In my previous post I tried to solve a differential equation using a port of Octave's adaptive Runge-Kutta 4/5 integration algorithm. It failed with energy explosions. Today I tried a different, much simpler, integration algorithm, and the energy explosions seem to be solved.

Velocity Verlet integration can be implemented for this problem in a few lines of code:

#include <math.h>// compute acceleration from positionstatic inline void f(double *a, const double x[2]) { a[0] = -exp(x[1] * x[1]) * x[0]; a[1] = -exp(x[0] * x[0]) * x[1]; }// Velocity Verlet integrationvoid compute() { const double h = 0.01; double x[2] = { 0, 1 }; double v[2] = { 1, 1 }; double a[2] = { 0, 0 }; f(a, x); v[0] += 0.5 * h * a[0]; v[1] += 0.5 * h * a[1]; while (1) { x[0] += h * v[0]; x[1] += h * v[1]; f(a, x); v[0] += h * a[0]; v[1] += h * a[1]; } }

You can download C99 source code for a JACK client which sonifies the chaotic coupled oscillators. I've been running it for 45mins at 48kHz sample rate, and no explosions yet, but be careful in case this is still transient behaviour...

No explosions may seem like a good thing, but what if the original differential equations are truly explosive, and the stability is a computational artifact? I still don't know the answer to that question.

]]>Simple harmonic motion is the solution to the differential equation:

\[\frac{\partial^2}{\partial t^2} x = -\omega^2 x\]

Interested in chaos I wanted to make the angular frequency \(\omega\) be cross-coupled in a pair of oscillators, and I came up with this differential equation:

\[\begin{aligned} \frac{\partial^2}{\partial t^2} x &= -e^{y^2} x \\ \frac{\partial^2}{\partial t^2} y &= -e^{x^2} y \end{aligned}\]

It sounds something like this: audio snippet.

I initially experimented with Octave's ode45() function, but it was rather slow, so I ported it to C99 (specialized to 4-vectors containing the displacement and velocity of each oscillator). Unfortunately it exploded after some time, with the amplitude of the oscillators swinging ever-larger, and the frequency of oscillation getting very very high too (which meant that the adaptive step size Runge-Kutta integration scheme would effectively get stuck and stop making progress).

Investigating this crisis, I thought to plot the energy of the system, and sure enough it exploded:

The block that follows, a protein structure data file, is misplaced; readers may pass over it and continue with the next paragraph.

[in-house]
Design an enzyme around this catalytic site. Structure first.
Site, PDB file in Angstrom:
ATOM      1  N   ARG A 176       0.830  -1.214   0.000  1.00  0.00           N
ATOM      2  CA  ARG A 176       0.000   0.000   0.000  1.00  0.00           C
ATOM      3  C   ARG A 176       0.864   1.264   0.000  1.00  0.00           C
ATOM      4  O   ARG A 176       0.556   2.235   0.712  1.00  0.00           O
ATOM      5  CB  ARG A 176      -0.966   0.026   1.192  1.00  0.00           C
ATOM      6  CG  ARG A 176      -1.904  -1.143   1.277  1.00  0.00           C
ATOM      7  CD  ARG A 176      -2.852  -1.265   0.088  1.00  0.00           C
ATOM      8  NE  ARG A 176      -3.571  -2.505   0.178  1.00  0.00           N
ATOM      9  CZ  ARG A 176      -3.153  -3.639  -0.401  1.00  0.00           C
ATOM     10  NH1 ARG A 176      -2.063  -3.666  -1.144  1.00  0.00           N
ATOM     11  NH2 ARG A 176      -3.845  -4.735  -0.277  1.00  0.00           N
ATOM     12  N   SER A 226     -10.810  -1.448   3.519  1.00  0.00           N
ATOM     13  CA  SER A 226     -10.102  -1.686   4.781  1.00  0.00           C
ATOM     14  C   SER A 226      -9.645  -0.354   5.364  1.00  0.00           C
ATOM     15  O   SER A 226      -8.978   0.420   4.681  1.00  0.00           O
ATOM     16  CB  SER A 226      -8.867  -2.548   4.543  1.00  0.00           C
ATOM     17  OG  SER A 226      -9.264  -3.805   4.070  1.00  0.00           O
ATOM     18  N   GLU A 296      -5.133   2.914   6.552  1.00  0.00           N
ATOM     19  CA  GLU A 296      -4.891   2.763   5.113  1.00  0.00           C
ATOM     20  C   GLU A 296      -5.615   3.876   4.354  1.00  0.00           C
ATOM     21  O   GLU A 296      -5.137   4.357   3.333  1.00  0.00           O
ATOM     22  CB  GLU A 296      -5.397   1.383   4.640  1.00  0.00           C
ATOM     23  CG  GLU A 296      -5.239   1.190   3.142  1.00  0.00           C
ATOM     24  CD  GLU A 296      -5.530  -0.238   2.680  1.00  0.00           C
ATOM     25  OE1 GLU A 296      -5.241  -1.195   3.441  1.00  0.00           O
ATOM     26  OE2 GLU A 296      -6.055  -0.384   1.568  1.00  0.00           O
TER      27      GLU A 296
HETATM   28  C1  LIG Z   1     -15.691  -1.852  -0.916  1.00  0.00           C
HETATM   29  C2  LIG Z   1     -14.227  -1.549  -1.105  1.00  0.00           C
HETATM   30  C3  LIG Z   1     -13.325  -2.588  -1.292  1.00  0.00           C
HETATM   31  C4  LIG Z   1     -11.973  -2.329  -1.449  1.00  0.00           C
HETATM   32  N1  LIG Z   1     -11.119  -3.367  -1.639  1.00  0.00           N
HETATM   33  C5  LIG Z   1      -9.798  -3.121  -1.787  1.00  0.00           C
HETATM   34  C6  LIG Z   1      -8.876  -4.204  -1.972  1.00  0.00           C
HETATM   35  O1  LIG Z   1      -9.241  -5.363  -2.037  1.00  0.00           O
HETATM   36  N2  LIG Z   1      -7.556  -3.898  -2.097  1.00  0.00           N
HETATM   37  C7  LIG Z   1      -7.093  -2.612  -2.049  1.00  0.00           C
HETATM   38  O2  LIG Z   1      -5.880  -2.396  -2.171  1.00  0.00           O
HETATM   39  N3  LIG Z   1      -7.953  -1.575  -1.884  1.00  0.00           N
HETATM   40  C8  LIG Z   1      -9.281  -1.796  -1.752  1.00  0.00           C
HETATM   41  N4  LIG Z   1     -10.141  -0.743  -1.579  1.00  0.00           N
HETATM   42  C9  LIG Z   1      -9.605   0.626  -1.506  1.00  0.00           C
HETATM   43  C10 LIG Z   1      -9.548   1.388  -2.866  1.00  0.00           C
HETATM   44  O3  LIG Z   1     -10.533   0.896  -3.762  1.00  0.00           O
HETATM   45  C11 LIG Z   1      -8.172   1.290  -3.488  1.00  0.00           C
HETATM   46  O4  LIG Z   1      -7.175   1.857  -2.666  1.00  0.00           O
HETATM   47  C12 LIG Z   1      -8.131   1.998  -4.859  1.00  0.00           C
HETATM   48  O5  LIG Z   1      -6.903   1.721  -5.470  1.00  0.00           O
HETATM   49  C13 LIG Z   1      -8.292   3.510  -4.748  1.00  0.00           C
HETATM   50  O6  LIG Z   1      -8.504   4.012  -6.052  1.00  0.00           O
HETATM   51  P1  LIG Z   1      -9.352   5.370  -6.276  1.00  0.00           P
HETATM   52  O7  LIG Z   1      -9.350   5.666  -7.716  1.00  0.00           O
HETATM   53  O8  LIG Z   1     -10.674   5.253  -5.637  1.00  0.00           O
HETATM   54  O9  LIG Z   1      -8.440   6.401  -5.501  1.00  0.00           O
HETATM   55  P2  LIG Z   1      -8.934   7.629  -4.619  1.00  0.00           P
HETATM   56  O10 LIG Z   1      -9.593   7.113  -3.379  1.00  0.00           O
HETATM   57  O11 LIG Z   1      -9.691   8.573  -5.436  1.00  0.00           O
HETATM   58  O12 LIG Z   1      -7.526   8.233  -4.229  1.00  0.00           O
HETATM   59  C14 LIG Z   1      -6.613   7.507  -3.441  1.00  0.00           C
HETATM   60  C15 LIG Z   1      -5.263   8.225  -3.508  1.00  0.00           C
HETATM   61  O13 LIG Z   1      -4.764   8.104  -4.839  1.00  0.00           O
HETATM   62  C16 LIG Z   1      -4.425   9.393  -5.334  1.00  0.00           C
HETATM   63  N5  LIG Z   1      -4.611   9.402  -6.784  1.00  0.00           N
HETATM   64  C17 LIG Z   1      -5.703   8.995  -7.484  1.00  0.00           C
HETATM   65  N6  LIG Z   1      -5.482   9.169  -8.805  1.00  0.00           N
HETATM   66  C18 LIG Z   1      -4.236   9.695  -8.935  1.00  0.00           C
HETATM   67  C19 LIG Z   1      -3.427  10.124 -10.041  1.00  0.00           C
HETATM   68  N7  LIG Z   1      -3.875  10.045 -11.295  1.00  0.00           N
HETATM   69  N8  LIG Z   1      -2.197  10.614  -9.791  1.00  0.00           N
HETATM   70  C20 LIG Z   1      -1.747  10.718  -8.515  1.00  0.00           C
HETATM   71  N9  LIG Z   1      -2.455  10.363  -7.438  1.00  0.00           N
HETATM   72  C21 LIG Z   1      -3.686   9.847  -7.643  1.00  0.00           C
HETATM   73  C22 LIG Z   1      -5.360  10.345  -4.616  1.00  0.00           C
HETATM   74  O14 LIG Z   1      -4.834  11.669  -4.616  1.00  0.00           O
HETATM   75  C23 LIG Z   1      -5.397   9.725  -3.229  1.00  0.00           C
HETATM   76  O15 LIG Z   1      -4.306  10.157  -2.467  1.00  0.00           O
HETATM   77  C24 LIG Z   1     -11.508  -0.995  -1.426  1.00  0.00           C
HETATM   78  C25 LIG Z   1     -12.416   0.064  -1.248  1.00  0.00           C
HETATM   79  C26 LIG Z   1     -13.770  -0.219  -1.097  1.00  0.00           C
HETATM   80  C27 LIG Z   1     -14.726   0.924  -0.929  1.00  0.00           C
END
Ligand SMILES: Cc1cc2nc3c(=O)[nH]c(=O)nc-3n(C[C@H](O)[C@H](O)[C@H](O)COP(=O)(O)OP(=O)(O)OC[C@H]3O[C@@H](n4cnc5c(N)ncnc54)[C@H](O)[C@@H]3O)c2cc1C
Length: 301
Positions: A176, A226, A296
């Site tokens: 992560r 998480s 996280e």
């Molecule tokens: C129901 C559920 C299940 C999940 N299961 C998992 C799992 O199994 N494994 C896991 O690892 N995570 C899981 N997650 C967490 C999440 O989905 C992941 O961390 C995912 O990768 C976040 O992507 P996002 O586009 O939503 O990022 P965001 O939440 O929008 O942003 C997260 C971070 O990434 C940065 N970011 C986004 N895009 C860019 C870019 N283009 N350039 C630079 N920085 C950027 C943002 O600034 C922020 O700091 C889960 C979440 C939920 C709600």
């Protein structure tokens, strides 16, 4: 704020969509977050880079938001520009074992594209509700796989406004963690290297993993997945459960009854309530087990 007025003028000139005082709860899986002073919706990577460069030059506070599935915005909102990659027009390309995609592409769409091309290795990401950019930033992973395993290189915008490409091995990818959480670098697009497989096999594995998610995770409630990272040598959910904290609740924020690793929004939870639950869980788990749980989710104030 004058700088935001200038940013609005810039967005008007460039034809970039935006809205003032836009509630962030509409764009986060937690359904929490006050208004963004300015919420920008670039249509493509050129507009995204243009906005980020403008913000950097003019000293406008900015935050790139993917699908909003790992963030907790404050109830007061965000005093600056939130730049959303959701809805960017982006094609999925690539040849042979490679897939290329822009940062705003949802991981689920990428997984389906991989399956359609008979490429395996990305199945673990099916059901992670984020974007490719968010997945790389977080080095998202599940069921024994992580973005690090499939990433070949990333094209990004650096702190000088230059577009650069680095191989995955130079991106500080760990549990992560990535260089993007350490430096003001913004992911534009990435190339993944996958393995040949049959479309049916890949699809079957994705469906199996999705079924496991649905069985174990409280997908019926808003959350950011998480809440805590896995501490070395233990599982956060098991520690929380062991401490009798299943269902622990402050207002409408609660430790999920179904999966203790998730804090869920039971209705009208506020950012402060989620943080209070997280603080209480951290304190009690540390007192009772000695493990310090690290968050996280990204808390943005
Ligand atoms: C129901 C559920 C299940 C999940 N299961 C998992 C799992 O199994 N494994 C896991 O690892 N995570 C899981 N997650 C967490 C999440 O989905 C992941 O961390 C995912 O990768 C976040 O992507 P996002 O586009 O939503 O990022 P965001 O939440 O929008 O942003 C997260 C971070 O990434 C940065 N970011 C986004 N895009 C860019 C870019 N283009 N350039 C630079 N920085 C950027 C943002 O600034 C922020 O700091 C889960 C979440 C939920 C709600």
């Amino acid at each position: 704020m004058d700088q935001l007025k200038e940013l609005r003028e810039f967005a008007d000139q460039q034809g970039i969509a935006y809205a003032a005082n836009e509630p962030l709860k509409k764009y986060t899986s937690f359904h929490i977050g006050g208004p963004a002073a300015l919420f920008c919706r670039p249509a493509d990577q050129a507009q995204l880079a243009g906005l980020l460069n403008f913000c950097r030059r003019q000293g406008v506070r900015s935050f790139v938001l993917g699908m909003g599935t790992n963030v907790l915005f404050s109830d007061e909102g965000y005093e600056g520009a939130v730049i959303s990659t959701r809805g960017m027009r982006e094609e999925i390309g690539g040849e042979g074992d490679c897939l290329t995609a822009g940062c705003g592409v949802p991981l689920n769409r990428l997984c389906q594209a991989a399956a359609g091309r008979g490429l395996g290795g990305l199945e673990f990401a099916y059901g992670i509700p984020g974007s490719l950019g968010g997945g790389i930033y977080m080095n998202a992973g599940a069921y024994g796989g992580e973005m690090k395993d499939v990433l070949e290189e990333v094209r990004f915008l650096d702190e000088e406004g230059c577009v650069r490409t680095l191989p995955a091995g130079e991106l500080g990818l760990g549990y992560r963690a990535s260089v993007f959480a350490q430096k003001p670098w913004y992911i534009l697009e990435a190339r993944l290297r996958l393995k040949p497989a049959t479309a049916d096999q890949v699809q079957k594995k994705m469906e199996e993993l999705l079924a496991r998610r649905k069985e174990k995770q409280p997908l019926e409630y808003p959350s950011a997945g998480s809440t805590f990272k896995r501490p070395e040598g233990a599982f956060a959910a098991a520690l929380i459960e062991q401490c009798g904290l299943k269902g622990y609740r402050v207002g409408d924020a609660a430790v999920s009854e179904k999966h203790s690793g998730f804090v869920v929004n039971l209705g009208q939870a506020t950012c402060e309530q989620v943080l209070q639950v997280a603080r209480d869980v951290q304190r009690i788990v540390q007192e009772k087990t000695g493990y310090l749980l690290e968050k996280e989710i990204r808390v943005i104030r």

So this experiment failed, I'll have to try some other coupling expressions to see if they suffer the same fate or otherwise. Eventually I wanted to try controlling chaos by small perturbations to nudge the oscillators into unstable periodic orbits of various kinds, but no joy this week.

You can download the C source code for the integration calculations, gnuplot source code for the diagrams, and Octave source code for converting to audio.

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a tap

dripslanding near the inside edge

of a metal bowl suspended in mid air

which goes "ting" when a drip landsthe drips flow down into the bowl

spreading out as they go

from sharp spikes of mass (impulse train)

becoming overlapping humps (near-Gaussian)

and eventually flatthe bowl has a small hole in the middle

when enough liquid has accumulated

from the flow of the drips into the bowl

to overcome surface tension

the liquid drips through the holeunderneath the hole in the bowl

is another bowl with a hole

which goes "ting" when a drip lands

near its inside edgethis goes on for some time

each bowl larger than the last

with a deeper "ting"the final bowl drips into a plant pot

it grows and flowers

Equations based on Dripping Faucet Dynamics Clarified by an Improved Mass-Spring Model by Ken Kiyono and Nobuko Fuchikami. Implemented in C++11 as part of dr1 on Gitorious dr1 on code.mathr.co.uk.

]]>I'm currently enjoying the Linux Audio Conference 2013 in Graz, Austria. On Saturday morning I'll present my paper Lyapunov Space of Coupled FM Oscillators:

I consider two coupled oscillators, each modulating the other's frequency. This system is governed by four parameters: the base frequency and modulation index for each oscillator. For some parameter values the system becomes unstable. I use the Lyapunov exponent to measure the instability. I generate images of the parameter space, implementing the number crunching on graphics hardware using OpenGL. I link the mouse position over the displayed image to realtime audio output, creating an audio-visual browser for the 4D parameter space.

I'll upload the slides and demos soon.

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